What I Learned after Leaving My Job

I am officially done in Statesboro. I have a few weeks off before I start my new job, and I'm thankful for an opportunity to rest, recharge, and get my house in working order. No one likes to live out of boxes, or without the things they need, so this week I am trying to get as much done during the days so that I can totally focus on CJM in the evenings.

It was hard to leave Statesboro, but it was terribly sad to leave the lovely individuals I worked with on a daily basis. I really grew professionally in my most recent role; it was a job that truly prepared me for the big step up in career that I am going to be making in a few weeks. I've learned a lot about being a young professional, and wanted to share a few thoughts/tips with you! Please leave your suggestions in the comments as well--I truly believe it takes a team to be successful, and appreciate any insight.

  • Work/life balance is critical. This was something that I came into this position determined to maintain. At my first post-grad position, I let everyone around me dictate my schedule by answering calls and emails to people that I didn't answer to, ever, and didn't pay my bills. 10 p.m., 6:00 a.m.; I was available. This is unhealthy. And it sets a precedent that is almost impossible to break. I am totally available to my boss/es when they need me. And they know the best, most direct ways to reach me. But there is no need {usually} to answer calls and emails from others late in the evening or early in the morning. Maintain the most healthy for you and your job amount of work/life separation as possible. I was much happier at my most recent job because I had established cut-off times for communication.

  • Not hating your job is key. Job satisfaction directly affects your level of happiness in the rest of your life. While no job is perfect, one that has the right amount of stress, engagement, challenge, and reward for you will be one that supports a positive, re-charging environment outside of the office. We all know that person that hates their boss/job/office environment, because that's all they seem to talk about! And if you can't leave a job where you're miserable, make sure you're doing absolutely everything you can to discover a contentedness while you're there. Your happiness is ultimately up to you.

  • Depend on your work family. While not always a reality in every office, I've been blessed by working environments that recognized that I was a real person, with real emotions, and real issues. When I had family issues that I needed to take care of they listened, were supportive, and allowed me opportunities to address the situation that involved people outside of the office. We all worked to learn about and invest in each other, and created a true sense of community amongst our office. These are the people I invited to my wedding, celebrated birthdays with, and other wins and losses throughout life--even hard ones like moving away, and starting a new job. Support your team, and they will support you as well.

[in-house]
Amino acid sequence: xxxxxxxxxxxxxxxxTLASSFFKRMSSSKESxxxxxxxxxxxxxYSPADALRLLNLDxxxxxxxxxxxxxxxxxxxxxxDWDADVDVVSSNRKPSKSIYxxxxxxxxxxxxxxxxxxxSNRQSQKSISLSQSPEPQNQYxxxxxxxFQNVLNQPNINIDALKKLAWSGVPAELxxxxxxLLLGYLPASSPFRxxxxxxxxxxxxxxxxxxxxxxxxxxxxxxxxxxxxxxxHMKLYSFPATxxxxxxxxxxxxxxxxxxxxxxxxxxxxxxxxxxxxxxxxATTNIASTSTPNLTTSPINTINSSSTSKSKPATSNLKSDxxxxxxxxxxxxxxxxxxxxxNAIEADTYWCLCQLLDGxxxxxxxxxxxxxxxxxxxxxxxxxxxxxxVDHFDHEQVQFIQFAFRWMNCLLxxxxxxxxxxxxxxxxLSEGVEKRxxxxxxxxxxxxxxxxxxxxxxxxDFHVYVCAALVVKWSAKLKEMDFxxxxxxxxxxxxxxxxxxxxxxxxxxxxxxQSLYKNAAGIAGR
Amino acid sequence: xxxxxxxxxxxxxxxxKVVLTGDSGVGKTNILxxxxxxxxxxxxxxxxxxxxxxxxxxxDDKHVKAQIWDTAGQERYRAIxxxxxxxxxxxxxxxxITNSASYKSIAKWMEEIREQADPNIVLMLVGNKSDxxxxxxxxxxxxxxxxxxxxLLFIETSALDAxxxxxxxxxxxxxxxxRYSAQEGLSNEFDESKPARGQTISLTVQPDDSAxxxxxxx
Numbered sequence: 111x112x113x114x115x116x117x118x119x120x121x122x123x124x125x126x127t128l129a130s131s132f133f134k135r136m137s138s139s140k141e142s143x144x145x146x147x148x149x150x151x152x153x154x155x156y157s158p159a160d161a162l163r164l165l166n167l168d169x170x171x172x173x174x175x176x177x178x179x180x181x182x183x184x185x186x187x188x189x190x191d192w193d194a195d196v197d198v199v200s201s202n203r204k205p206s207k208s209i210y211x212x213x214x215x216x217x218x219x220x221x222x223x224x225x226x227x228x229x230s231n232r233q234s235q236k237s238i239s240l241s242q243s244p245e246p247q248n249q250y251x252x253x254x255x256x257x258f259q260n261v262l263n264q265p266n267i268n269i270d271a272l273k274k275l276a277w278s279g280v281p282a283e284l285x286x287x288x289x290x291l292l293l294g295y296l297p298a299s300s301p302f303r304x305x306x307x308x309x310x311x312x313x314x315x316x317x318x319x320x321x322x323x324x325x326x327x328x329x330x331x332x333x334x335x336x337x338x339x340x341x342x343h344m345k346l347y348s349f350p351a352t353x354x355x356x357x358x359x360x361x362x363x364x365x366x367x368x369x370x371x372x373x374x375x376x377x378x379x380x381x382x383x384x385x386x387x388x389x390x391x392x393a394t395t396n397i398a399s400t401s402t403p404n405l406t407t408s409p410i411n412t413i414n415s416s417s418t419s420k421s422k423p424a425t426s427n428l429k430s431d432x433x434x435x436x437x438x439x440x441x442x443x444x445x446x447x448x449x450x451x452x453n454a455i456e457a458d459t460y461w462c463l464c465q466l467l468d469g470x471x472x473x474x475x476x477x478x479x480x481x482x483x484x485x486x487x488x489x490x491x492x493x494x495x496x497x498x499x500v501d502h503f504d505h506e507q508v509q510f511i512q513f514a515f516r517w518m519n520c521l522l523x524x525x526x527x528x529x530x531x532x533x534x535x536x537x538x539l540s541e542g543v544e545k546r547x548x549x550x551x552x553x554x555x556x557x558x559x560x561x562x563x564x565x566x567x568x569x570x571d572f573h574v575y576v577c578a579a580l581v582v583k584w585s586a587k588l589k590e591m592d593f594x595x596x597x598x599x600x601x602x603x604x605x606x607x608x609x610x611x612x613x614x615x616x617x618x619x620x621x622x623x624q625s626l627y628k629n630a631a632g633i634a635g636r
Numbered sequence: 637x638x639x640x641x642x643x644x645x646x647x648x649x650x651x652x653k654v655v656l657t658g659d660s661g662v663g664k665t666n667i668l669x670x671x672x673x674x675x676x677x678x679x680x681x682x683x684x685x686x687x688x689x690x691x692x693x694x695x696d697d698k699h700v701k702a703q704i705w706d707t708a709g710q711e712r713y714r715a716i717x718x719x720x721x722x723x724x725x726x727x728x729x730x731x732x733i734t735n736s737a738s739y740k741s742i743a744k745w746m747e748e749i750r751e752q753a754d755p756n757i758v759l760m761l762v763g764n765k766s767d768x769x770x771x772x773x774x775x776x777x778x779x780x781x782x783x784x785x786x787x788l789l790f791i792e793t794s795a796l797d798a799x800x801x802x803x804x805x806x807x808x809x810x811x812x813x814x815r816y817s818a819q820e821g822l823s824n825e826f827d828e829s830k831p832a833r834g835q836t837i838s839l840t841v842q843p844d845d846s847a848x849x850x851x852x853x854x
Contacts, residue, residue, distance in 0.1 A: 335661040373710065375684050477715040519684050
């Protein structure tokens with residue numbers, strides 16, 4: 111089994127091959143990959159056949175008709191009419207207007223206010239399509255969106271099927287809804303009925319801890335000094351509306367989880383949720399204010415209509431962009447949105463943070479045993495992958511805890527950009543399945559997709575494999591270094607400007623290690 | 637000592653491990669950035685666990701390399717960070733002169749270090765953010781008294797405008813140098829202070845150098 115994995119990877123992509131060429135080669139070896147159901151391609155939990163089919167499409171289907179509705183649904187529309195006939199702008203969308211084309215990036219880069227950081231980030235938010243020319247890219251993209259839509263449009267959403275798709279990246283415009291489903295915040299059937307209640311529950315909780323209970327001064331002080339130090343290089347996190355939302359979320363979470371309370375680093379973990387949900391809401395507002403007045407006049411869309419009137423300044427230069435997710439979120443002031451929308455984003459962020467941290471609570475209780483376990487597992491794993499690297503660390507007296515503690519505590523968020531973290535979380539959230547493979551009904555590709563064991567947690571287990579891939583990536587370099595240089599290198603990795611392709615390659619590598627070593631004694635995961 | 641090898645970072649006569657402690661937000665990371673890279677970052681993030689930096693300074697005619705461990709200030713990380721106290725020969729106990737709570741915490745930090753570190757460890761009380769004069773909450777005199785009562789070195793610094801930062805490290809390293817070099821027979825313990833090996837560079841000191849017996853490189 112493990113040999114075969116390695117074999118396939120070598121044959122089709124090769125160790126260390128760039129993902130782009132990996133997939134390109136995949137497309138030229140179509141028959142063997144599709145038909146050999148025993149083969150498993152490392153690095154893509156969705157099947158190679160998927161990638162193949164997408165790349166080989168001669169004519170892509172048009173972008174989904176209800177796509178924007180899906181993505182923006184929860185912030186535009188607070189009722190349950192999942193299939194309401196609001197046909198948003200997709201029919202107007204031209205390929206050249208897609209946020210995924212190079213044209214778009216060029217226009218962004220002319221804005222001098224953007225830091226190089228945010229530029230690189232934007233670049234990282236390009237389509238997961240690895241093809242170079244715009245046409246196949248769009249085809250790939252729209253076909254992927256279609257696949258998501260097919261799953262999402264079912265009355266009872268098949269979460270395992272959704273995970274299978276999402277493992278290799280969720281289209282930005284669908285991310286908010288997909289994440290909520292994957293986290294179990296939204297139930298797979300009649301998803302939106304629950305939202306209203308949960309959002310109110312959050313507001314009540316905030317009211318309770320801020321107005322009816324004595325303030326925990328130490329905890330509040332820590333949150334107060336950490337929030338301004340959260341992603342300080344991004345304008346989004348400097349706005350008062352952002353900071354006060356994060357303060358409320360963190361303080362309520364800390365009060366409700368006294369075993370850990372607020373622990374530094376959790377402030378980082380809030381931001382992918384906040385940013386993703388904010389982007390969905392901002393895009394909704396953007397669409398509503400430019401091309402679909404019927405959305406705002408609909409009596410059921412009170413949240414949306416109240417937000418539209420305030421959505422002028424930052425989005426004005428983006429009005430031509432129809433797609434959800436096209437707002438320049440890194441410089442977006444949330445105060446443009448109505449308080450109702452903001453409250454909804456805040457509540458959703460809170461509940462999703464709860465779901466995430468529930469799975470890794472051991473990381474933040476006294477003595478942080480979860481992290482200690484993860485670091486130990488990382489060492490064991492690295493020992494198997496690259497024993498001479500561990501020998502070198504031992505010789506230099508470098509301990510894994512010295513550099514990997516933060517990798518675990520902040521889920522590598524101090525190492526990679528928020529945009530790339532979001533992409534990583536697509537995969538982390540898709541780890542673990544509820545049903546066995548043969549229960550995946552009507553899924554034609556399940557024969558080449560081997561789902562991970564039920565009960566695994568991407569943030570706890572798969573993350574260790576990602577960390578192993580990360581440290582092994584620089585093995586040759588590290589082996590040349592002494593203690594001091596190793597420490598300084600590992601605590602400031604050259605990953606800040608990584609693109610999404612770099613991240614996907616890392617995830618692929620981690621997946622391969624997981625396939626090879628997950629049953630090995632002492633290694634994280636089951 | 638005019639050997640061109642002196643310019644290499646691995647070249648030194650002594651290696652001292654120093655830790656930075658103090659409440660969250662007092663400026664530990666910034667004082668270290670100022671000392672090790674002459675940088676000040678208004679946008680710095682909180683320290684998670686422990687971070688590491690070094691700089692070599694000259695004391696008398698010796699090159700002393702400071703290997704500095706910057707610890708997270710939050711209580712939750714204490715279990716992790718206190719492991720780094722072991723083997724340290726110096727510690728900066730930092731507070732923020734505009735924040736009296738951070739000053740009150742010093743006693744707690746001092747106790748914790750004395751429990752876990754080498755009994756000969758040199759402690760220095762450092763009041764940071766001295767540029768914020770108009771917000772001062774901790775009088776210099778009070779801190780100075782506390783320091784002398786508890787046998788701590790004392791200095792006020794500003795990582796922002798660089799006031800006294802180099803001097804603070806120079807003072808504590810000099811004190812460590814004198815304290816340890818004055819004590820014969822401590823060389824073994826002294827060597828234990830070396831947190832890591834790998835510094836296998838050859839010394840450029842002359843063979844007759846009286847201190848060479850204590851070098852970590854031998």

• Network! At my last job, I worked in networking. We provided multiple opportunities throughout the month for business leaders in our area to connect with others and saw some great initiatives develop through these events. I also saw people who didn't take advantage of networking, and they end up feeling left out of the loop, uninvolved, or uninvited. Insert yourself into networking and building relationships with other individuals whenever you can. These are the people that become your references, help you find a job in another town when you do have to move, and become that person that you can schedule lunch with once a month, too!

  • Be consistent. This is probably my biggest personality pet peeve: I hate when people are inconsistent. I think consistency in work can be shown in various ways: through timeliness, efficiency in work, and in the skills you provide. But it's also in your personality and appearance--don't come in a grumpy slob one day, and peppy professional the next. It sends mixed messages, and makes you hard to get to know and work with. People want to know what to expect; save the surprises for thoughtful notes or words of encouragement, not in your presence or behaviors.

  • Communicate. Our office always worked to know what was on each other's schedule {kind of easy, but also crucial when there was only three of us!} in an effort to not overschedule or overload any one person. It also helping us plan days off that everyone was happy with, and to just be aware of the "real life" things that were going on outside of the office. While those are easy things to share, it's important to communicate the issues too. When a problem arises in a project, if a volunteer becomes too much for one person to handle, or if you are unhappy in your work life and need something to change. Communicate what's really going on--good or bad. Just like in any relationship, it's important to be honest with what's happening in your heart and mind. 
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